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Employment numbers improve for Hawaii, nation as businesses reopen

Employment in Hawaii is showing signs of improvement alongside a national jobless reduction last month.

The U.S. Bureau of Labor Statistics reported Friday that the national unemployment rate dropped to 13.3% in May from 14.7% in April.

Comparable data by state is not yet available, but the U.S. Department of Labor reported Thursday that Hawaii’s unemployment rate had improved to 20.6% in the week ended May 16 from 22.3% in April.

Before the spread of the novel coronavirus resulted in stay-at-home orders and a halt to nonessential business operations, Hawaii’s unemployment rate was under 3% and one of the lowest in the country.

Hawaii’s unemployment rate in April was third worst among states, behind Nevada at 28.2% and Michigan at 22.7%.

Workers in Hawaii also have had some of the biggest difficulties receiving unemployment checks, because the state’s computer system for claims wasn’t equipped to handle incredibly high volume.

The state Department of Labor and Industrial Relations produced a series of workaround solutions over the past few months to ease a claim backlog that still persists, and said on Friday that it has paid out nearly $1 billion in benefits from May through Thursday, including standard state unemployment checks, a federal bonus and special federal payments for the self-employed and other nontraditional workers.

Gradual improvement in employment is expected to continue this month and in subsequent months as more Hawaii businesses shuttered in response to COVID-19 reopen with government permission.

Improvement locally, however, could be slower than many other states that have been more aggressive with reopening plans despite COVID-19 case volumes that haven’t declined as consistently as cases in Hawaii.

On Friday, Oahu restaurants were allowed to resume dine-in service with new capacity limits to practice social distancing.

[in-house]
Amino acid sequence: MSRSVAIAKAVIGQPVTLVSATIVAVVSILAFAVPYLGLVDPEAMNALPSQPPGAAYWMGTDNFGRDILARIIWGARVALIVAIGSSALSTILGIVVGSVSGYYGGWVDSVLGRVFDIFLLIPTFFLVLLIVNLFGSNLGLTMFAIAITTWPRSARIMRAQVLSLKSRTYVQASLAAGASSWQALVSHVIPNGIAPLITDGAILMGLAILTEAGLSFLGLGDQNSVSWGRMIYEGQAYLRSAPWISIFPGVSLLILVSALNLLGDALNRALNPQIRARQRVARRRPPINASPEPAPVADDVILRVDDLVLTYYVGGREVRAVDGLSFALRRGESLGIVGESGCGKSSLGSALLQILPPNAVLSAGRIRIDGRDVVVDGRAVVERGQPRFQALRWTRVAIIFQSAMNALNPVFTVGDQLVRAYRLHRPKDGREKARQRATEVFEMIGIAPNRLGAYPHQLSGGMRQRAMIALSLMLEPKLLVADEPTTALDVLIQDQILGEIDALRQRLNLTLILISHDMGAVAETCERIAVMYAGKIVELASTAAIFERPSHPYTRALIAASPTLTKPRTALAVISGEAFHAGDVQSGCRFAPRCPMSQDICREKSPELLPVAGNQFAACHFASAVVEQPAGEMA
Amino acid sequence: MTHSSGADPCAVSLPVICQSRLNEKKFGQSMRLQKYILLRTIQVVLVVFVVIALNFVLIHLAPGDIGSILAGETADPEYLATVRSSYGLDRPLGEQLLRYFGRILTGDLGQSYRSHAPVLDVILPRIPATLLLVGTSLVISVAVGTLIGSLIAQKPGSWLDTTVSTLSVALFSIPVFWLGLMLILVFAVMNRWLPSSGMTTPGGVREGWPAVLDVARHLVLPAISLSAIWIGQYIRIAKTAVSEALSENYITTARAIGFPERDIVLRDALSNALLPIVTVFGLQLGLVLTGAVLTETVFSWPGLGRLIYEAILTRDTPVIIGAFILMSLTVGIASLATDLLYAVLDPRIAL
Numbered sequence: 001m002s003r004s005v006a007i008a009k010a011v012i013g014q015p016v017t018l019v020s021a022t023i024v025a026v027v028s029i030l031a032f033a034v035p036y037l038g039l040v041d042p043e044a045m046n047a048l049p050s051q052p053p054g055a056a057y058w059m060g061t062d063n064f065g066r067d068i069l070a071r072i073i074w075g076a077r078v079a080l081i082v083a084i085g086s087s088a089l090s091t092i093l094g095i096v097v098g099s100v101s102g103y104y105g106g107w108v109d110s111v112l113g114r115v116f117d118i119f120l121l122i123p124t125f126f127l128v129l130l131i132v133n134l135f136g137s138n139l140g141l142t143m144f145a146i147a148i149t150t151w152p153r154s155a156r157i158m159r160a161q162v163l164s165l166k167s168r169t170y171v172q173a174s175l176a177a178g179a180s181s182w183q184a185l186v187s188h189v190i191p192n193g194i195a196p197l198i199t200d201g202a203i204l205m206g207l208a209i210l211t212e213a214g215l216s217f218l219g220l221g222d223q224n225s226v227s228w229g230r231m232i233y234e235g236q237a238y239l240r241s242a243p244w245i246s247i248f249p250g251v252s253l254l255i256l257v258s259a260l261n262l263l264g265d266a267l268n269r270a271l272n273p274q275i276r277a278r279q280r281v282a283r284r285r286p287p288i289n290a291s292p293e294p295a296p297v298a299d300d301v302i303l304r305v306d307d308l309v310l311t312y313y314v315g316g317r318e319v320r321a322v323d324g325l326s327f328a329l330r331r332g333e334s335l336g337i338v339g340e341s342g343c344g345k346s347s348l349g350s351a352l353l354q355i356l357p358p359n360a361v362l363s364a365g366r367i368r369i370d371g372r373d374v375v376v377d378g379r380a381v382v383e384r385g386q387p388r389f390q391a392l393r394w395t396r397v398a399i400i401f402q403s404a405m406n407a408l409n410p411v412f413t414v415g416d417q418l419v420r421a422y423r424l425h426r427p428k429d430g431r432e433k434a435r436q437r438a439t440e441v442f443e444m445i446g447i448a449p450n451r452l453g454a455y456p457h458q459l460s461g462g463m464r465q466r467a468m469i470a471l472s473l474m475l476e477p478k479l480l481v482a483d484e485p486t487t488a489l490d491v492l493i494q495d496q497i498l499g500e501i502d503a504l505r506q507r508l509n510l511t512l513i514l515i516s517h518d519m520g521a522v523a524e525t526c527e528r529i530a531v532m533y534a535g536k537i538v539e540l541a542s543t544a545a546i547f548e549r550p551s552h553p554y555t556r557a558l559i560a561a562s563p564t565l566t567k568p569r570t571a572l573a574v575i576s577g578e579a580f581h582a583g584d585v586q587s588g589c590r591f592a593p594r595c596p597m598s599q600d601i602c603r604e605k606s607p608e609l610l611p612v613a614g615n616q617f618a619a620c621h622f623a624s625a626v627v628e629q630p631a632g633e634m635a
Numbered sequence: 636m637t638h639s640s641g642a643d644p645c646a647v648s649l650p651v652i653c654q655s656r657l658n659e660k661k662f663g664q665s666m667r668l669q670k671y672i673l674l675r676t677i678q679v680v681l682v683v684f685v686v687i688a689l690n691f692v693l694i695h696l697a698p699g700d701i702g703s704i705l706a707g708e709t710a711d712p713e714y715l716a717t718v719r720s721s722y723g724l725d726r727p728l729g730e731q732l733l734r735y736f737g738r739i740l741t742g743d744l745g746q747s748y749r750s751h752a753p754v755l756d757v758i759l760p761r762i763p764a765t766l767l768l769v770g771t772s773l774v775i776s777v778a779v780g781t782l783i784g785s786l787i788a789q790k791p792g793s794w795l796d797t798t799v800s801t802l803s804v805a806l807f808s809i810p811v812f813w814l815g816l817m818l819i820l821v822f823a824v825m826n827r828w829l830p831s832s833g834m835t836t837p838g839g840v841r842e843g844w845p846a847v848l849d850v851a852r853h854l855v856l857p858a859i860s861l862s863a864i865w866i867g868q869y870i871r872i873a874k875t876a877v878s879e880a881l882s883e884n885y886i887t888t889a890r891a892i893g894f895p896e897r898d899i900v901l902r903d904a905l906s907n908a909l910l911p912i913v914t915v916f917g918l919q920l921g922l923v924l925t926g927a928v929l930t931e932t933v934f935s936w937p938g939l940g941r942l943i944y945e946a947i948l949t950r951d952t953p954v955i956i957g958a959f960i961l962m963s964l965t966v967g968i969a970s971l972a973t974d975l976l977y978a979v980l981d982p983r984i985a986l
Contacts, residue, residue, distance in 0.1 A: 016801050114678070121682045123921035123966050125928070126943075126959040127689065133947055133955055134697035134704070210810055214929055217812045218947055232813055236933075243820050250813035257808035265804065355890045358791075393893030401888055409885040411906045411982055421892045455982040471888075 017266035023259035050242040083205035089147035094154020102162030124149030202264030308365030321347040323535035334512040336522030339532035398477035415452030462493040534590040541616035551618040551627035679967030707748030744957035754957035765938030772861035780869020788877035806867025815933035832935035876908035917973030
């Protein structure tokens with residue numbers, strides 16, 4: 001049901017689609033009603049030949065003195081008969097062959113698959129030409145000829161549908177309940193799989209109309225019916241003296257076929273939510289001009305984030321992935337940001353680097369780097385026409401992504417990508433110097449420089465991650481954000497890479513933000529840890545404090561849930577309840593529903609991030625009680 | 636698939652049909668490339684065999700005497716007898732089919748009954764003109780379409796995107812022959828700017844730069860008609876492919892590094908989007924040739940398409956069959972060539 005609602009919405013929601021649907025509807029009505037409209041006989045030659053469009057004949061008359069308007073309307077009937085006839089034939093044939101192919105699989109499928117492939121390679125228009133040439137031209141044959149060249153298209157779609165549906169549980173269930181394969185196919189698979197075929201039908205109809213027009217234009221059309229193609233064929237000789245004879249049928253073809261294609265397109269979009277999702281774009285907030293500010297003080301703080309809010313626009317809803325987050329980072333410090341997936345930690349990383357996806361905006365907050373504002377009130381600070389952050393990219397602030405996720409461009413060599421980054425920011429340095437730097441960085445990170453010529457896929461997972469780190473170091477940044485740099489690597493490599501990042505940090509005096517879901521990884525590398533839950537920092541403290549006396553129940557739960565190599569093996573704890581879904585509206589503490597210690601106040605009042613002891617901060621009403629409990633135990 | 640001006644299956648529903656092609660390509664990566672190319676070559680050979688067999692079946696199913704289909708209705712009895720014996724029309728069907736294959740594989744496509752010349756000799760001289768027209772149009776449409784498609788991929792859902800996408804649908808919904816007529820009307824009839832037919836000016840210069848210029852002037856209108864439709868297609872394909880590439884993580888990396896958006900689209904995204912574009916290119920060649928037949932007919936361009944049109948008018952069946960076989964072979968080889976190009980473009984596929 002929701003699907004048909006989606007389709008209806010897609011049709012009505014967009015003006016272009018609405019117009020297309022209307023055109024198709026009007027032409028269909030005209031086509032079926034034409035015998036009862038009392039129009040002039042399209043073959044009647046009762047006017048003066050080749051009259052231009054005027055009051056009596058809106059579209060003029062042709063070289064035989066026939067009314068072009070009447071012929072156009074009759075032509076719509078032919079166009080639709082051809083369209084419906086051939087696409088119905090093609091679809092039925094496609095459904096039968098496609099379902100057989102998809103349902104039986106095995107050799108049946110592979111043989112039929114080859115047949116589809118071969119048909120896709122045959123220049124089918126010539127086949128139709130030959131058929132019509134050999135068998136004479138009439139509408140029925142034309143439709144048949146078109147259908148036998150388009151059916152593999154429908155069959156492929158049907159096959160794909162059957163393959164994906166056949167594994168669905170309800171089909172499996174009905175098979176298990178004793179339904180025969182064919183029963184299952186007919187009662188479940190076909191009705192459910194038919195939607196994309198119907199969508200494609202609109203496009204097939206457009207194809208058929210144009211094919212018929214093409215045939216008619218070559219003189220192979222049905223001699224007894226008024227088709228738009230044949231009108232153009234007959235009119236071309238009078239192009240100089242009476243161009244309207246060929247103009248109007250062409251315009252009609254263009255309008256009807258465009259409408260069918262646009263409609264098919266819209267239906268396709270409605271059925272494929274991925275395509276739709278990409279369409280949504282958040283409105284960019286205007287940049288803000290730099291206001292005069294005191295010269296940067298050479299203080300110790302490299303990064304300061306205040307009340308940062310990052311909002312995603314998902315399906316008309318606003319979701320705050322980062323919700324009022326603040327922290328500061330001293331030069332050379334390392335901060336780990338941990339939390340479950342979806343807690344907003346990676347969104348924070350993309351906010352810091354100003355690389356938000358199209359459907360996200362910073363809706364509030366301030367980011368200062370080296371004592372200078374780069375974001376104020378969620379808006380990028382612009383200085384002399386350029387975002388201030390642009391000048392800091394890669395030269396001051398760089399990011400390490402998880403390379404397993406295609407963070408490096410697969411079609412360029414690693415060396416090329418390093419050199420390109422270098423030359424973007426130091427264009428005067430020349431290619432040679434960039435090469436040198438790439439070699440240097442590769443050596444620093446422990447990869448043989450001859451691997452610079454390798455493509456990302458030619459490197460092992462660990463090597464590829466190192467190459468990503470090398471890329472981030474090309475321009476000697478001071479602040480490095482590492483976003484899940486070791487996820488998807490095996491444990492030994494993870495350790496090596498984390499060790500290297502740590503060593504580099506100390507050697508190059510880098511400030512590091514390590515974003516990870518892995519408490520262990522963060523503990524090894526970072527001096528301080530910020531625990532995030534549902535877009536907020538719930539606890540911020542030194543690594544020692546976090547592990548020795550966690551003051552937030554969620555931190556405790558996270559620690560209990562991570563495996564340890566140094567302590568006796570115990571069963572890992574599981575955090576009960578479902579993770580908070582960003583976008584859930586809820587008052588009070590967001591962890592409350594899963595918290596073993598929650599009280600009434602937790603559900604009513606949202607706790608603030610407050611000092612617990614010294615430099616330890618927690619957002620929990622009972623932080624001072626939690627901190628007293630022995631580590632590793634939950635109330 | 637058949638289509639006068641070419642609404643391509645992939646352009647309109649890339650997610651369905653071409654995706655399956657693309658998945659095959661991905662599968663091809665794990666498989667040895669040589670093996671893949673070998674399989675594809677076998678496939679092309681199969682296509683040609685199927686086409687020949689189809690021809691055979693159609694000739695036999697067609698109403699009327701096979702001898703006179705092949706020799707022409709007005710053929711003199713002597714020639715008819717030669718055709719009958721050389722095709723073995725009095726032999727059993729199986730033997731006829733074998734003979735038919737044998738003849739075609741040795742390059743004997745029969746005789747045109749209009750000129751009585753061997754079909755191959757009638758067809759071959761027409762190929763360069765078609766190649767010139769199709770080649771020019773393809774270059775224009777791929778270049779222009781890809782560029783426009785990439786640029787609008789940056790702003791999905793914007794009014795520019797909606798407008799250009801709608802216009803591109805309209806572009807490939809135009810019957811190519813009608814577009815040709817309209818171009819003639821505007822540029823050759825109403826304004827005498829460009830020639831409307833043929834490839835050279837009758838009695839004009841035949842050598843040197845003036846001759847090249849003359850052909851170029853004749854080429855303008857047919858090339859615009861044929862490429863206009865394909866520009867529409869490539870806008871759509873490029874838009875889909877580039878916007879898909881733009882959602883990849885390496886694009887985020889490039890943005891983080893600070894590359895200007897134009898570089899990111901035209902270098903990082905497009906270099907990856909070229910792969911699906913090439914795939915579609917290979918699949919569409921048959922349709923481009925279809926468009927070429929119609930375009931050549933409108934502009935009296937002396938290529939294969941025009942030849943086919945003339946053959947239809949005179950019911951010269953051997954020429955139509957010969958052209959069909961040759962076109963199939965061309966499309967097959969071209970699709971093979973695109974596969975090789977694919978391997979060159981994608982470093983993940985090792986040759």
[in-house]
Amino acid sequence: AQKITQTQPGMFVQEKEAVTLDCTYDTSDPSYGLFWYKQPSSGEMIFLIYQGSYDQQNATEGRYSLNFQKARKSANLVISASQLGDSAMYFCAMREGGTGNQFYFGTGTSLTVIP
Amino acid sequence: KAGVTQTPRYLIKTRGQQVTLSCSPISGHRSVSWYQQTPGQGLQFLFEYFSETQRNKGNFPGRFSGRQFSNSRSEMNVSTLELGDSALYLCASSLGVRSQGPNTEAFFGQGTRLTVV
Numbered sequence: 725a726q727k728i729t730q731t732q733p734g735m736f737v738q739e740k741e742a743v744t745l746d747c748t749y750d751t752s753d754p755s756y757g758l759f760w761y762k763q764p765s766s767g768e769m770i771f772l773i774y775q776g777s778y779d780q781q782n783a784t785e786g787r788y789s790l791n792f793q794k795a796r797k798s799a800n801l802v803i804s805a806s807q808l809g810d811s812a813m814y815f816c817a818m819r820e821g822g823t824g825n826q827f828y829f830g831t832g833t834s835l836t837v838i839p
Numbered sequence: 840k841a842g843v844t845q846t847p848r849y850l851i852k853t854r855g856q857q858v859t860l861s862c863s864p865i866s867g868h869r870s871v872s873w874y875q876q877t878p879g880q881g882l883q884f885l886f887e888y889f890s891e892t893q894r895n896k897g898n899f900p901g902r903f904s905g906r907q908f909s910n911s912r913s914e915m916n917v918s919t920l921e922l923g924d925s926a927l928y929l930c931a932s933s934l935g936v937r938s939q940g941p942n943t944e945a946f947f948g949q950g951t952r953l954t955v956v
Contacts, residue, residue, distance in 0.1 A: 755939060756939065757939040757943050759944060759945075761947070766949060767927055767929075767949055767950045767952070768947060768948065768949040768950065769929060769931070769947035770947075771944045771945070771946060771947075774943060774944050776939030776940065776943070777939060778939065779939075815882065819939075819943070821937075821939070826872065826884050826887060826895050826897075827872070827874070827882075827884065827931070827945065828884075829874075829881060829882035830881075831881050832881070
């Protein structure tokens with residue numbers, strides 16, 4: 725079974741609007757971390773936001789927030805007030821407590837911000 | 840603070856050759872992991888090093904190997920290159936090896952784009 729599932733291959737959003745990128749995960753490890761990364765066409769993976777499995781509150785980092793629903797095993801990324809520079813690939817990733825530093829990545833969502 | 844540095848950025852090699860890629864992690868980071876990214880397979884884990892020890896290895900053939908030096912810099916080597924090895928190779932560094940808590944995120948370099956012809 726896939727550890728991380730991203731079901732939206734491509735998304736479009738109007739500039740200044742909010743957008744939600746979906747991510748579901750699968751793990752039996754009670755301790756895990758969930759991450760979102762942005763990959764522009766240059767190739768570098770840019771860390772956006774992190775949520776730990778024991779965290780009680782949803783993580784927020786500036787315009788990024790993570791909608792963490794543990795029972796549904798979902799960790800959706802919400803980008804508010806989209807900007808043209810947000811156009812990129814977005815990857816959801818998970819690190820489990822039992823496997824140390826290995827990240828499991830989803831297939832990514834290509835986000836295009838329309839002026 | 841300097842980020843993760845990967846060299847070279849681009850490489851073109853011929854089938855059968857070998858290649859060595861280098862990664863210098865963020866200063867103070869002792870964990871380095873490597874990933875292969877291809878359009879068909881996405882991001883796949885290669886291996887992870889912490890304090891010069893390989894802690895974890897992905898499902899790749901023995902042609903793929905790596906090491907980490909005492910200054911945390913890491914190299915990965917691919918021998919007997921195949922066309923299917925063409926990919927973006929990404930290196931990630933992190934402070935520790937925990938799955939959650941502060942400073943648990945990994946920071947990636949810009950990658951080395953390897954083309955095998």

A more dramatic and quicker rebound for employment in Hawaii isn’t anticipated because restrictions on tourism — the biggest single contributor to the state’s economy — have yet to be lifted.

As a result, most hotels remain closed and many other businesses highly dependent on visitors — including transportation companies, attractions, retailers and restaurants — are hard-pressed to bring back employees.

Local fashion retailer Jams World shuttered its six Hawaii stores in March, and brought back relatively few workers in April to continue factory operations and online sales that included a line of face masks.

Nonessential retailers were allowed to reopen last month, but leaders of the company can’t envision reopening and rehiring the vast majority of workers until the lockdown on tourism is lifted.

“Our stores are in resort areas,” said Lei Rowan, Jams World retail director. “We are hoping to come back as soon as possible.”

As of Friday, local government leaders had not determined when or how tourism will be allowed to resume.

Eugene Tian, chief economist with the state Department of Business, Economic Development and Tourism, said last month that he expected Hawaii’s unemployment rate for May and June would improve because of businesses rehiring as they reopen or receive forgivable federal Paycheck Protection Program loans.

According to an Associated Press story Friday, national job gains in May were stronger than some economists had predicted as reopened businesses recalled workers.

The Bureau of Labor Statistics report said national employment got the biggest boosts from the food and drink services sector, where employment rose by 1.4 million in May after the industry shed 6.1 million jobs in March and April.

Leisure and hospitality jobs rose the next most, up 1.2 million nationwide after falling by about 8.7 million in March and April.

Other notable gains nationally were made in apparel retailing, automobile dealers, general merchandise stores, dentistry and social assistance job categories.

“These improvements in the labor market reflected a limited resumption of economic activity that had been curtailed in March and April due to the coronavirus pandemic and efforts to contain it,” the report said.

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